The Millennium Challenge Corporation’s (MCC)’s recently completed Threshold Program in Sierra Leone worked to deliver water and electricity services more effectively in the capital city of Freetown while supporting reforms to increase transparency and accountability in delivering these services in order to limit corruption. The program’s success was enhanced by MCC’s use of Results-Based Financing (RBF), a development approach that provides rewards to individuals or institutions once agreed-upon results have been achieved and verified.
Public utilities that can adequately deliver water and electricity are critical for sustained economic growth. Donors have supported utility reform and improved service delivery for decades but have often failed to deliver results with one-off projects lacking the strong buy-in and ownership from local partners required for significant and sustained improvements. Fortunately, this was not the case in Sierra Leone. MCC’s work in this threshold program demonstrated that RBF is a tool that can boost the impact of many of our investments. We tested the potential of RBF with a $5 million activity that yielded promising results and important lessons.
First, MCC partnered with three utility companies and their regulator in the water and energy sectors. The partners only received payments once pre-defined milestones were met and validated. This differs from more traditional approaches to development programs where donors typically pay for inputs like construction materials or consultants for technical assistance up front. With RBF, the aim was to motivate the utilities and the regulator to leverage other support provided through the threshold program to improve their planning, coordination, and operational and financial efficiency.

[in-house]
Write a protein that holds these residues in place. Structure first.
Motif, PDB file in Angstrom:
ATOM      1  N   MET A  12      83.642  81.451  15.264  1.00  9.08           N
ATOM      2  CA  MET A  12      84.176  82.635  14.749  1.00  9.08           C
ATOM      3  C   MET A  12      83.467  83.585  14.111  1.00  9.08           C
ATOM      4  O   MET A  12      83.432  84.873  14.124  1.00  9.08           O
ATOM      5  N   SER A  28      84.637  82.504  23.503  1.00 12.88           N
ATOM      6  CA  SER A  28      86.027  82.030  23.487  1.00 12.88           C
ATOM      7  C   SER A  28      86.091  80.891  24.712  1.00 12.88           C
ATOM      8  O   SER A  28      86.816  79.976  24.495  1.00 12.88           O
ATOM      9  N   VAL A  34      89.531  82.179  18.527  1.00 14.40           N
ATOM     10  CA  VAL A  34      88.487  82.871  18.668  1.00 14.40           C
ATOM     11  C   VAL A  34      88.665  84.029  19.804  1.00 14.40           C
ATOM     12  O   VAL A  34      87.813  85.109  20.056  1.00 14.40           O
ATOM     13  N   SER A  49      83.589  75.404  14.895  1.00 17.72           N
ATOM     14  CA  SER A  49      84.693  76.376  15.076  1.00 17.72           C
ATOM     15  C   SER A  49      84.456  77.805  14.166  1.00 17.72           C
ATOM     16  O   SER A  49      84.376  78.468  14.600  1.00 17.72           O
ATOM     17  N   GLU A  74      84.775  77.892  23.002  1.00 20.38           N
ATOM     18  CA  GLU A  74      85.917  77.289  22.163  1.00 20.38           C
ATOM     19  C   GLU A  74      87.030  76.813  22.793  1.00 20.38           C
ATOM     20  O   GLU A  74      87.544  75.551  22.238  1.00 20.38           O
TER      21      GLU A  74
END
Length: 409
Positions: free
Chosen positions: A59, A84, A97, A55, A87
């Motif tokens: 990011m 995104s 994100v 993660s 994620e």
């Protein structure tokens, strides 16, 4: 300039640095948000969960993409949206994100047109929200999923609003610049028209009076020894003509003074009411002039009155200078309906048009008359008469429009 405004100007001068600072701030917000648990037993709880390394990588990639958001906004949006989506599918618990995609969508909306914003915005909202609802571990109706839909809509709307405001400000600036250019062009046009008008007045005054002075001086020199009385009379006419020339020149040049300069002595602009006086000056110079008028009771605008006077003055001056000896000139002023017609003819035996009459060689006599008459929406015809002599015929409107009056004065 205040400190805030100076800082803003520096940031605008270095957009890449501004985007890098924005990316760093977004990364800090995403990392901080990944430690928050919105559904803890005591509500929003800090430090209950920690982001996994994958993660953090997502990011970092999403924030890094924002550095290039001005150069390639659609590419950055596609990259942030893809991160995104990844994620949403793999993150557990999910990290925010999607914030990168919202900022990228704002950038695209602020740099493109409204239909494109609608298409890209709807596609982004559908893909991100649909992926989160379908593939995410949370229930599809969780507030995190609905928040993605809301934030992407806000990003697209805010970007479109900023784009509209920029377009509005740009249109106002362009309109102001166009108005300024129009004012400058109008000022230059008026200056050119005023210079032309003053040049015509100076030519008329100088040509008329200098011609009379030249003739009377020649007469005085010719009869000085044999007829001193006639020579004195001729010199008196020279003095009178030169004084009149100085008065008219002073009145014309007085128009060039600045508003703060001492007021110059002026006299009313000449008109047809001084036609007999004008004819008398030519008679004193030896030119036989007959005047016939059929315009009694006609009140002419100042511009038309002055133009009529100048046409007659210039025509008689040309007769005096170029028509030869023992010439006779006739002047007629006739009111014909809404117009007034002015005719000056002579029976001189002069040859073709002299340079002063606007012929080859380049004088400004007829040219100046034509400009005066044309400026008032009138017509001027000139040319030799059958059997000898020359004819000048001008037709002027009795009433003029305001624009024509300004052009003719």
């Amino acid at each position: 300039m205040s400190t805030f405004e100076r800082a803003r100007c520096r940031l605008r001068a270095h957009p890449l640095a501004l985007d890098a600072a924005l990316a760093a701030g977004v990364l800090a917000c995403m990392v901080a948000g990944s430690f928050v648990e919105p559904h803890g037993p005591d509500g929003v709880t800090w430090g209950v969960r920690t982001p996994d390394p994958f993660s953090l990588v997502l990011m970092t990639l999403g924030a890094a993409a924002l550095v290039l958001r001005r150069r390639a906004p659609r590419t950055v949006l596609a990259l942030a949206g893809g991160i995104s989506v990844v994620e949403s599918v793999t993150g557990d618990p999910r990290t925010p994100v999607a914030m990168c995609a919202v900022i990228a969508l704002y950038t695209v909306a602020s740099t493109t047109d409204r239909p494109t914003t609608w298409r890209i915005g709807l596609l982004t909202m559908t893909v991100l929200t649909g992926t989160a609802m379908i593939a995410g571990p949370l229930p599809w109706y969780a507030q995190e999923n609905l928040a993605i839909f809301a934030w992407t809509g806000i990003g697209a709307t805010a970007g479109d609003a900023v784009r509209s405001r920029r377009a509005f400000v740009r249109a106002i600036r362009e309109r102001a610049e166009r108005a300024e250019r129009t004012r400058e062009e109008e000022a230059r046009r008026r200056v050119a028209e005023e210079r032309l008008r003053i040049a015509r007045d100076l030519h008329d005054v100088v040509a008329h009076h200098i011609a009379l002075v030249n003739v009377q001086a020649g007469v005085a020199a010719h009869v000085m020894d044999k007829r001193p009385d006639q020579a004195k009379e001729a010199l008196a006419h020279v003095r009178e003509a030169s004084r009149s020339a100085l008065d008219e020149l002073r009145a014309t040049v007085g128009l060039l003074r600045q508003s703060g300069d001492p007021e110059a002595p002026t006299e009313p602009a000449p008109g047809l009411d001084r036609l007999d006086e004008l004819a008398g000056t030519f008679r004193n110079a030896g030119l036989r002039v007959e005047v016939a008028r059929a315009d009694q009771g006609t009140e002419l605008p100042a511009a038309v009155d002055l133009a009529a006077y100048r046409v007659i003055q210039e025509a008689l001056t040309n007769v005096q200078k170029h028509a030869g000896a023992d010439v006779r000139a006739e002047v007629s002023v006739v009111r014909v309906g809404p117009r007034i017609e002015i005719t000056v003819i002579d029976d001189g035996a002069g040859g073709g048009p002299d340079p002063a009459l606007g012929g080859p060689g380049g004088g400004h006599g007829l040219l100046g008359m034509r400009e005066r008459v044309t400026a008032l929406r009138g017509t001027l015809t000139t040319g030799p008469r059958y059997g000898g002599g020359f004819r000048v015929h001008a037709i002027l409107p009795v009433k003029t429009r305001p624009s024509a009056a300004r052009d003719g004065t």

Tackling a ‘Vicious Circle of Underperformance’ Through Results-Based Financing
One of the participating utilities, the Guma Valley Water Company (GVWC), which manages most of Freetown’s water supply, has historically suffered from low collections rates, a loss of water supply due to leakages and poor infrastructure maintenance, and low employee morale. GVWC management felt that they were stuck in a ‘vicious circle of underperformance.’ The RBF activity provided GVWC the opportunity to define priority areas for improvement that aligned with their long-term goals and allowed them the flexibility to achieve results based on what they thought would work best. For example, GVWC wanted to improve collection rates, so they developed new policies and procedures and implemented them with this goal in mind. In the end, GVWC actually exceeded their target collection rate, increasing revenue collections by one third from the baseline. Other areas of significant improvement included repairs of critical leaks, submain installations, and stronger data management and reporting to the regulator.
Perhaps most significant was the role the RBF approach played in facilitating strong ownership. Mr. Maada Kpenge, the GVWC Managing Director, reported that the activity gave them a chance to “step up” and demonstrate what they could do, while also leveraging support from MCC and our in-country partners. Many staff members had worked at GVWC for years and were complacent about negative customer feedback. The RBF activity motivated them to improve. According to Mr. Kpenge, the program provided him and his team with the necessary resources to reduce water wastage through more training and better equipment to manage leaks. Armed with the proper tools, GVWC staff were better able to perform their duties, and thus reported an increase in job satisfaction.